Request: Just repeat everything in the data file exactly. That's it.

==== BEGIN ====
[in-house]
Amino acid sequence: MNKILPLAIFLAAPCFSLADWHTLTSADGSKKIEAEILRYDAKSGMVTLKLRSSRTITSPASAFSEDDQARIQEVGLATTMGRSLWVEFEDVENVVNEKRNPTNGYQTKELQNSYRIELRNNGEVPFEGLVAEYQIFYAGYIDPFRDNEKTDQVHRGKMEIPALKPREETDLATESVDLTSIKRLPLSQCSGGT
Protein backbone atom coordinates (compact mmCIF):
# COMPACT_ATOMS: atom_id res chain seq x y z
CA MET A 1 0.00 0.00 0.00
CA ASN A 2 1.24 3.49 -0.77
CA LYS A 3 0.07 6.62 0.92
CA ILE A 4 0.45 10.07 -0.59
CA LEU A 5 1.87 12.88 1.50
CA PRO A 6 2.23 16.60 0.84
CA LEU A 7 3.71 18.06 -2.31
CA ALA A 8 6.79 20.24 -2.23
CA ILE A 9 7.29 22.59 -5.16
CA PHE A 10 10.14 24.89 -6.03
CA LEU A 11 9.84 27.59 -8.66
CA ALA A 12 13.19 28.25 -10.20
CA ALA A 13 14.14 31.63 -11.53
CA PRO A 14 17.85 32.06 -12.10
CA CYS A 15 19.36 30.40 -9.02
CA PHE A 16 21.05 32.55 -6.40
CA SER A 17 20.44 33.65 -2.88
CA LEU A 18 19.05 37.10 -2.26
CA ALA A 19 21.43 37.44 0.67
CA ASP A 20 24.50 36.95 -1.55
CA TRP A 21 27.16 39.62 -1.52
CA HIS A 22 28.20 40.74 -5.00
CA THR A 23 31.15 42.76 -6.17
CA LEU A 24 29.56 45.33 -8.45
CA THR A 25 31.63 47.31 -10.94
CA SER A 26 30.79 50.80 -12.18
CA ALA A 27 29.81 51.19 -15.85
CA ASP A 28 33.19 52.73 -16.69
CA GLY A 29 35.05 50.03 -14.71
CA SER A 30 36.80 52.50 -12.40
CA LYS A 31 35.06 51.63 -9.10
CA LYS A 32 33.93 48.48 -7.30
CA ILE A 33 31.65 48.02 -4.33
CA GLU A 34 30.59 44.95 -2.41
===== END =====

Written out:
[in-house]
Amino acid sequence: MNKILPLAIFLAAPCFSLADWHTLTSADGSKKIEAEILRYDAKSGMVTLKLRSSRTITSPASAFSEDDQARIQEVGLATTMGRSLWVEFEDVENVVNEKRNPTNGYQTKELQNSYRIELRNNGEVPFEGLVAEYQIFYAGYIDPFRDNEKTDQVHRGKMEIPALKPREETDLATESVDLTSIKRLPLSQCSGGT
Protein backbone atom coordinates (compact mmCIF):
# COMPACT_ATOMS: atom_id res chain seq x y z
CA MET A 1 0.00 0.00 0.00
CA ASN A 2 1.24 3.49 -0.77
CA LYS A 3 0.07 6.62 0.92
CA ILE A 4 0.45 10.07 -0.59
CA LEU A 5 1.87 12.88 1.50
CA PRO A 6 2.23 16.60 0.84
CA LEU A 7 3.71 18.06 -2.31
CA ALA A 8 6.79 20.24 -2.23
CA ILE A 9 7.29 22.59 -5.16
CA PHE A 10 10.14 24.89 -6.03
CA LEU A 11 9.84 27.59 -8.66
CA ALA A 12 13.19 28.25 -10.20
CA ALA A 13 14.14 31.63 -11.53
CA PRO A 14 17.85 32.06 -12.10
CA CYS A 15 19.36 30.40 -9.02
CA PHE A 16 21.05 32.55 -6.40
CA SER A 17 20.44 33.65 -2.88
CA LEU A 18 19.05 37.10 -2.26
CA ALA A 19 21.43 37.44 0.67
CA ASP A 20 24.50 36.95 -1.55
CA TRP A 21 27.16 39.62 -1.52
CA HIS A 22 28.20 40.74 -5.00
CA THR A 23 31.15 42.76 -6.17
CA LEU A 24 29.56 45.33 -8.45
CA THR A 25 31.63 47.31 -10.94
CA SER A 26 30.79 50.80 -12.18
CA ALA A 27 29.81 51.19 -15.85
CA ASP A 28 33.19 52.73 -16.69
CA GLY A 29 35.05 50.03 -14.71
CA SER A 30 36.80 52.50 -12.40
CA LYS A 31 35.06 51.63 -9.10
CA LYS A 32 33.93 48.48 -7.30
CA ILE A 33 31.65 48.02 -4.33
CA GLU A 34 30.59 44.95 -2.41